Chuyển bộ gõ


Từ điển Việt Anh (Vietnamese English Dictionary)
cồng



noun
Gong
lệnh ông không bằng cồng bà the master's orders are drowned by the mistress' gong; the wife's say is more decisive than the husband's
Ten years ago, the central highlands resounded with the echoes of an array of gongs. The Pleiku township in Gia Lai province was hosting the first "Cồng Chiêng" festival (Festival of gongs). Twelve Cồng Chiêng bands with 438 artists belonging to various ethnic minorities such as the Ê Đê, Gia Rai, Ba Na, Xơ Đăng presented a series of virtuoso performances. Seventy years separated the oldest and the youngest player Three years later, in 1988, participants numbered 1,000 from 14 ethnic groups from as many provinces. The deep sounds and melodies left an indelible impression on the large audience. The sounds of the Cồng and the Chiêng (Cồng has a knob in the middle, Chiêng has none -- Cồng makes the deep bass sounds, melodies are coaxed out of the Chiêng) are the very soul of the highlands. They are played to commemorate good harvests, at religious festivals and on many other occasions like child-birth, weddings, and funerals. Indeed, it is believed by the highlanders that a divine entity resides in each Cồng and Chiêng. In many communities, a Cồng Chiêng band consists of three Cồngs, nine Chiêngs, a drum and cymbals played by about twenty artistes. The compositions played differ, of course, with each festival and occasion --, lively, melancholic or sombre. The Cồng Chiêng in Vietnam's central highlands is the subject of study for many anthropologists, musicians, and "orientalists". Figures of Cồng Chiêng teams can be found on bronze drums which date back to 3000 years ago. This suggests that these instruments made their appearance in the early days among ethnic tribes such as Thái, and Mường in northern Vietnam, and Koho, Kor, Ba Na, Stieng, Mnong, in the central highlands. With recent economic and cultural developments, many musical instruments have made their way to the central highlands, but the Cồng Chiêng will remain intricately woven into the fabric of a highlander's life for ever. -- ()

[cồng]
danh từ
Gong
lệnh ông không bằng cồng bà
the master's orders are drowned by the mistress' gong; the wife's say is more decisive than the husband's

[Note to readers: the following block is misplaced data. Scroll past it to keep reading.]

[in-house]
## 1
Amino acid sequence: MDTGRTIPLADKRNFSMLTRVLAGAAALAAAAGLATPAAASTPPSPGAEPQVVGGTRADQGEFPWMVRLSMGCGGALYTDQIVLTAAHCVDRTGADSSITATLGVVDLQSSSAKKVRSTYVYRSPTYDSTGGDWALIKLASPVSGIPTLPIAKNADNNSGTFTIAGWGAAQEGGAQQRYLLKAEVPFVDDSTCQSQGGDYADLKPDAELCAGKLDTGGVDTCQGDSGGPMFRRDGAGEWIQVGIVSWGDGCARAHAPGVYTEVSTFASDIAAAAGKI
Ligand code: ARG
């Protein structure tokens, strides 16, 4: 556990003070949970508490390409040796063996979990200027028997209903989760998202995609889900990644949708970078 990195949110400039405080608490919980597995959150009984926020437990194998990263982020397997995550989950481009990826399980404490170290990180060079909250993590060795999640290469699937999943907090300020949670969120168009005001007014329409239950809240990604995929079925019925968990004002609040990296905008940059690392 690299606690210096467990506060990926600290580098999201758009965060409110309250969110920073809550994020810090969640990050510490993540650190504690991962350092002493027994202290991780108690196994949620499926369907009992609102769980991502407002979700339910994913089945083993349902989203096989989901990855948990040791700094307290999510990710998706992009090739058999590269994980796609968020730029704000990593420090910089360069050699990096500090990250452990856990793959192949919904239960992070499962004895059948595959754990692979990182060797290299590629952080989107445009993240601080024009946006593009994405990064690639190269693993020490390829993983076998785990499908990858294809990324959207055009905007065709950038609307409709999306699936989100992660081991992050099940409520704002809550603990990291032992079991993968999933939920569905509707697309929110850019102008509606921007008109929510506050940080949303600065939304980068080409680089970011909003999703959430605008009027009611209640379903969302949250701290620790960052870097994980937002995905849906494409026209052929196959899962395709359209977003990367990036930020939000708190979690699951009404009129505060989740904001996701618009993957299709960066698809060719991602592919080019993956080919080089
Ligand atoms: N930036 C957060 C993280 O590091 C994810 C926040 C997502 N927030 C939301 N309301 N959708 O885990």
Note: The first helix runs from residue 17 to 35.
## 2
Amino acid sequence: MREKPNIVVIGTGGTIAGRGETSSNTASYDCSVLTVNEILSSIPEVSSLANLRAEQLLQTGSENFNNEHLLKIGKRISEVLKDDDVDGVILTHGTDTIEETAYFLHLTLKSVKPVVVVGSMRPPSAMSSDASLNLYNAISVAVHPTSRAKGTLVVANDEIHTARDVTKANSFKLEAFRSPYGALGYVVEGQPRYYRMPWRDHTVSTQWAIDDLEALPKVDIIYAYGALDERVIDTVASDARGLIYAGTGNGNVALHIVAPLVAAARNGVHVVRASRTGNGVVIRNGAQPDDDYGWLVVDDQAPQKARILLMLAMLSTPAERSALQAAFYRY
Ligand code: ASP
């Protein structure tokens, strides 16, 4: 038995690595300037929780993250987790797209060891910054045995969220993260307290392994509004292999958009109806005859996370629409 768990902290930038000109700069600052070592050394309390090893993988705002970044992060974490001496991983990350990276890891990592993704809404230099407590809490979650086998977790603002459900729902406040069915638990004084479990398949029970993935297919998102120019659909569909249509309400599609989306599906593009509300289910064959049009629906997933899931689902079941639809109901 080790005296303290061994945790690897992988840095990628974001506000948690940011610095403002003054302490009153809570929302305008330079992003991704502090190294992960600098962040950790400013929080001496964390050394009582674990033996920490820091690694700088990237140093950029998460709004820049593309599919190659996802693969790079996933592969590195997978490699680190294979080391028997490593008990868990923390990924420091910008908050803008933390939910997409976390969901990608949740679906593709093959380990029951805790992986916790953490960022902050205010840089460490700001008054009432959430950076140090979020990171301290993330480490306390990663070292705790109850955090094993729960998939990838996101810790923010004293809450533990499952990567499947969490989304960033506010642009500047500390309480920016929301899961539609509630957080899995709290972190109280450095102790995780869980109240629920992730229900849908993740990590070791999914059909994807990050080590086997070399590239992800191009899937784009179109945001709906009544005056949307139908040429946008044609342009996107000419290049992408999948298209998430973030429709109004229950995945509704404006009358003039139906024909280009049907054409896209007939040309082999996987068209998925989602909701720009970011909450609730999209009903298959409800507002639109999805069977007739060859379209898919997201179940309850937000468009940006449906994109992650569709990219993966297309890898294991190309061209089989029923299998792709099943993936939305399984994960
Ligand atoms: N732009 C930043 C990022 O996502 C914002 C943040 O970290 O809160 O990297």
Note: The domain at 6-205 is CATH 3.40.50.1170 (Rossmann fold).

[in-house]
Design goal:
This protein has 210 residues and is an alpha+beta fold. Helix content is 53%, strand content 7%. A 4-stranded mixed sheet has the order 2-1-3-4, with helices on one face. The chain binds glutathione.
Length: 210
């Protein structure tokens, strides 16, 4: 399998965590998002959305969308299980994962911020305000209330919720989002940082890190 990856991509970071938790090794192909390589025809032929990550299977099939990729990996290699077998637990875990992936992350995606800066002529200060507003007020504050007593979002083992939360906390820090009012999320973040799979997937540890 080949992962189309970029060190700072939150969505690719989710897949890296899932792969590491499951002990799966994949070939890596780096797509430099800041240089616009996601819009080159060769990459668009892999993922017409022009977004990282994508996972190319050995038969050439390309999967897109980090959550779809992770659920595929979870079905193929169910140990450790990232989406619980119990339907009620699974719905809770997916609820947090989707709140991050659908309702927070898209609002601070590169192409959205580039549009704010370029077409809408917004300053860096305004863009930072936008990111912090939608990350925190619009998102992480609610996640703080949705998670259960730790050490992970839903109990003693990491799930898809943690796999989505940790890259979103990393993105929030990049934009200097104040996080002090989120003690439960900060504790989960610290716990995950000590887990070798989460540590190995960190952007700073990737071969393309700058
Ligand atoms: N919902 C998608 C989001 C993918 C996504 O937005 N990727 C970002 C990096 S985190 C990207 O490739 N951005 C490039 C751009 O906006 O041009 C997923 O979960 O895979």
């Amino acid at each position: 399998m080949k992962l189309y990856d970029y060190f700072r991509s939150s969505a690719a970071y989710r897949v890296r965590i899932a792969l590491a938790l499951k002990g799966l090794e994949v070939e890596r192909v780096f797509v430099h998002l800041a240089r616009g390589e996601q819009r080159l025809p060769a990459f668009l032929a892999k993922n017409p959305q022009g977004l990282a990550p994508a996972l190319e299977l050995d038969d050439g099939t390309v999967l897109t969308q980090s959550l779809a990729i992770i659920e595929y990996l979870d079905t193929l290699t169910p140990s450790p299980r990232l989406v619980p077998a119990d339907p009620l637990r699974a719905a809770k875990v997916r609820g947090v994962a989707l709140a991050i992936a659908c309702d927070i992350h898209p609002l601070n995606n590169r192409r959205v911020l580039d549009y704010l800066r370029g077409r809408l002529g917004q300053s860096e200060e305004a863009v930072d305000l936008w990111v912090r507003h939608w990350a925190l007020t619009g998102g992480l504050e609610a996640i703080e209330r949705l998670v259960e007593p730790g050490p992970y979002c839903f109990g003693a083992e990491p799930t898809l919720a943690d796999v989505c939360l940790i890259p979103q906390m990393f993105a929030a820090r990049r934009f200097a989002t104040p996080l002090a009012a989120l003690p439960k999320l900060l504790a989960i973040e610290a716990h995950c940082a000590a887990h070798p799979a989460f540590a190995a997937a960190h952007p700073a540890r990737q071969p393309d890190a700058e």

WHEN THE MOUNTAINS TOLLl
Ten years ago, the central highlands resounded with the echoes of an array of gongs. The Pleiku township in Gia Lai province was hosting the first "Cồng Chiêng" festival (Festival of gongs). Twelve Cồng Chiêng bands with 438 artists belonging to various ethnic minorities such as the Ê Đê, Gia Rai, Ba Na, Xơ Đăng presented a series of virtuoso performances. Seventy years separated the oldest and the youngest player. Three years later, in 1988, participants numbered 1,000 from 14 ethnic groups from as many provinces. The deep sounds and melodies left an indelible impression on the large audience. The sounds of the Cồng and the Chiêng (Cồng has a knob in the middle, Chiêng has none -- Cồng makes the deep bass sounds, melodies are coaxed out of the Chiêng) are the very soul of the highlands. They are played to commemorate good harvests, at religious festivals and on many other occasions like child-birth, weddings, and funerals. Indeed, it is believed by the highlanders that a divine entity resides in each Cồng and Chiêng. In many communities, a Cồng Chiêng band consists of three Cồngs, nine Chiêngs, a drum and cymbals played by about twenty artistes. The compositions played differ, of course, with each festival and occasion --, lively, melancholic or sombre. The Cồng Chiêng in Vietnam's central highlands is the subject of study for many anthropologists, musicians, and "orientalists". Figures of Cồng Chiêng teams can be found on bronze drums which date back to 3000 years ago. This suggests that these instruments made their appearance in the early days among ethnic tribes such as Thái, and Mường in northern Vietnam, and Koho, Kor, Ba Na, Stieng, Mnong, in the central highlands. With recent economic and cultural developments, many musical instruments have made their way to the central highlands, but the Cồng Chiêng will remain intricately woven into the fabric of a highlander's life for ever. -- (VNS)



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